Monday, April 5, 2010

Study: Lack of Breastfeeding Costs Lives, Billions of Dollars

A new study says that 900 babies and billions of dollars could be saved every year if 90% of mothers in the US were to breastfeed. The study, which was published in the journal Pediatrics and appeared online today, analyzed the prevalence of 10 common childhood illnesses and the costs of treating these diseases, which can include hospitalization. According to an economist's calculation, the US could save $13 billion per year if we could raise breastfeeding rates. It can be argued that this estimate, astounding as it is, could even be considered conservative because the study only took into account the "gold standard" of exclusive breastfeeding for the first 6 months. We know that breastfeeding continues to provide health benefits for babies (and mom!) well beyond the first 6 months and into toddlerhood if the baby is fortunate enough to nurse for that long.

Lead author of the study, Dr. Melissa Bartick, says that breastfeeding is a public health issue and I think it's obvious that this is true. For so long, whether or not to breastfeed has been couched as a "parenting choice," a message reinforced by the formula companies. Infant formula marketing has been usurping the feminist ideal of choice for forever, as if deciding to use formula was akin to picking the safari print over the froggies for the nursery. If anything, says Dr. Bartick, the benefits of breastfeeding have been underappreciated and hopefully this research study and the coverage it's been getting will finally hammer that point home.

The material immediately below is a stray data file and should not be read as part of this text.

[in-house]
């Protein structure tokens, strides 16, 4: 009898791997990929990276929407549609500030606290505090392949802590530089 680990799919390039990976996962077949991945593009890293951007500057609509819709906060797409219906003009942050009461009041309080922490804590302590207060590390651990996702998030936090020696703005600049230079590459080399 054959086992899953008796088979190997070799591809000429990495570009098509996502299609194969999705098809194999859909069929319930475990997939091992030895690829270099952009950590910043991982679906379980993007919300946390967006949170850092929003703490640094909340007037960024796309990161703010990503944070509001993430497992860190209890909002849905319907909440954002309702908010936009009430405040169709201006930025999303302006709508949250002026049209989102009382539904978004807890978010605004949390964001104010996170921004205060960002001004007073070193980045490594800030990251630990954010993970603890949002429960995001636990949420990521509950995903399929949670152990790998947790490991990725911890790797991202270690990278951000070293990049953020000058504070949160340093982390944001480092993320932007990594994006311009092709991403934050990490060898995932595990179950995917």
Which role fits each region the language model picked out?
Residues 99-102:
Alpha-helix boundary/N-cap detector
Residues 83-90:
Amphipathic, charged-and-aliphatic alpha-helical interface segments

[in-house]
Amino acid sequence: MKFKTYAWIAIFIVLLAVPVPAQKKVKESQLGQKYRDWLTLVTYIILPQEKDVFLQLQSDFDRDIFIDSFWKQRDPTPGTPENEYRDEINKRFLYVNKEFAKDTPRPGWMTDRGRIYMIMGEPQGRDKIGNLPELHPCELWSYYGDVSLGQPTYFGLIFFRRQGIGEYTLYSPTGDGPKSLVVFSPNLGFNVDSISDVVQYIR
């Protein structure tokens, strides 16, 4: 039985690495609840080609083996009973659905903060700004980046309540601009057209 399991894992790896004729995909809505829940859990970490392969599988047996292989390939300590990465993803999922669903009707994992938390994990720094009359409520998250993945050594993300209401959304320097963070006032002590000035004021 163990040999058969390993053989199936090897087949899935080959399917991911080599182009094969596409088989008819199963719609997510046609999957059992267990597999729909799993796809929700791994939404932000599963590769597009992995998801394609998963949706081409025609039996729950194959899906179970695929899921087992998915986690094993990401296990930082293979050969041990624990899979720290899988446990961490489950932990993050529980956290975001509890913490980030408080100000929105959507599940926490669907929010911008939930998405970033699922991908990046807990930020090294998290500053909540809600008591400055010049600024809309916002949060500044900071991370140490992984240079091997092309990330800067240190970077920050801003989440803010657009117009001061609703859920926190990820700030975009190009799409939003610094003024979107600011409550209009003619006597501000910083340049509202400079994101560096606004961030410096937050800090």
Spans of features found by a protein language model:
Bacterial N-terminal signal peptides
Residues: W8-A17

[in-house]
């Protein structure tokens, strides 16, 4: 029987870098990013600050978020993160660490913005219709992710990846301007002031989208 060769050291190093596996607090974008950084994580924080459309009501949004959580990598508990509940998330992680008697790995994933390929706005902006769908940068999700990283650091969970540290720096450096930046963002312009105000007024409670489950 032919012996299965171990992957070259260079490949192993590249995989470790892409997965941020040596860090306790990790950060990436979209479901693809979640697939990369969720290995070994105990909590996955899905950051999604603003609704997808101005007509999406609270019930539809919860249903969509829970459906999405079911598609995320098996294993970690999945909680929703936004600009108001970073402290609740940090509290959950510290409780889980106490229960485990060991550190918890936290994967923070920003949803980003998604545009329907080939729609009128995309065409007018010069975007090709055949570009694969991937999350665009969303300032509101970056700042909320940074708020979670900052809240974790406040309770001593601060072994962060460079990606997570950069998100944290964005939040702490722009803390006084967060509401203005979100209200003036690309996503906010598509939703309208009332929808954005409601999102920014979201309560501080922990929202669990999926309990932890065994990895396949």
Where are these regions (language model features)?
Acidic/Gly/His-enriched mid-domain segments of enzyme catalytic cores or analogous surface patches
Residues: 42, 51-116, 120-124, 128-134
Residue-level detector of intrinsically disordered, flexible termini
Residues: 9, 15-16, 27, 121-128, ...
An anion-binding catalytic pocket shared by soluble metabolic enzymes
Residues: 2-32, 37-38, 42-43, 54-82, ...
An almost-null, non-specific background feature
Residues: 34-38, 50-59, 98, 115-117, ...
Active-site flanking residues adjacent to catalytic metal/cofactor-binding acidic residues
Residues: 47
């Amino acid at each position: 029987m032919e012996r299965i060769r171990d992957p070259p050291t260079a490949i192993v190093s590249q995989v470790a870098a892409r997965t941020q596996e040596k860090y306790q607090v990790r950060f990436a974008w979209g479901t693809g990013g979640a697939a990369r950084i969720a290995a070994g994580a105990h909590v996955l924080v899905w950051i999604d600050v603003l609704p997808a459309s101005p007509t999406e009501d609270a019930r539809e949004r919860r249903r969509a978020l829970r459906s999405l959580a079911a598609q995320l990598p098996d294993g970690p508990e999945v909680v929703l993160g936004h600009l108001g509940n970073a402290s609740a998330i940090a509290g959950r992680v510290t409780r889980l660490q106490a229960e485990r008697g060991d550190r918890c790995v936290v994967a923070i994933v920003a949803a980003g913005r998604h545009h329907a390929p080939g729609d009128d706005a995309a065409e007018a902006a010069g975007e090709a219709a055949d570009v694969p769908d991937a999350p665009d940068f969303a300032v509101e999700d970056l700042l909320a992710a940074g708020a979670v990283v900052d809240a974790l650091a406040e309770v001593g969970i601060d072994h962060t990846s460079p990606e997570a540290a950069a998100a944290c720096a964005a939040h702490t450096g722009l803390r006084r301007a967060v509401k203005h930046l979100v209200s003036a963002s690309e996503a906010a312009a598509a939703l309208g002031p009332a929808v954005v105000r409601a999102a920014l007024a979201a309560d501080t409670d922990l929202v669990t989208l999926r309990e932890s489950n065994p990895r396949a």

Some people will continue to deny the importance of breastfeeding, though, and of course the detractors are already speaking up. One of those people is Dr. Lillian Beard, who like Hannah Rosin, wants us to instead focus on the "costs" of breastfeeding. She spoke to ABC News and is quoted as saying, "The biggest barrier to mothers continuing to breastfeed seems to be the fact that more mothers are in the workplace. It's a very impressive number," she said of the $13 billion estimate, "but I want to know: Did the study take into account the cost for breastfeeding mothers?"

Oh, yes, THAT's what's important here, right? The relative cost to breastfeeding mothers, not the lives that could be saved or the billions that could be put to better use?  "I think this report puts an unfair slant on it," Beard said. "It's not taking into account that for almost two thirds of U.S. families, women are either the co-breadwinner or the breadwinner. Returning to work is germane for the survival of the family."

While I agree that returning to work is definitely a huge barrier to breastfeeding, I also think that hospital supplementation with formula and formula freebies play a huge role as well. For an excellent analysis and break down of the fallacies of the ABC article, please read this blog post by Bettina of Best for Babes.

Funny that Dr. Beard didn't mention these things, right? A quick Google search shows that maybe Dr. Beard has more of a stake in this issue than she'd like to admit. See, Dr. Beard is a member of the "Nestle Family"! She serves on their board and answers questions about infant nutrition for their Nestle and Gerber web sites. This is a woman who has been quoted as saying that Nestle's infant formula is almost as digestible as breast milk. I wonder why ABC left that part out? She's credited as a professor at both George Washington University and Howard University, no mention of Nestle.

If you want to try and spin the story into something else, at least speak to someone who can even pretend to be neutral. At this point, I'd prefer to hear from Hannah Rosin again. At least she doesn't profit off of the sale of infant formula and doesn't have "M.D." at the end of her name.

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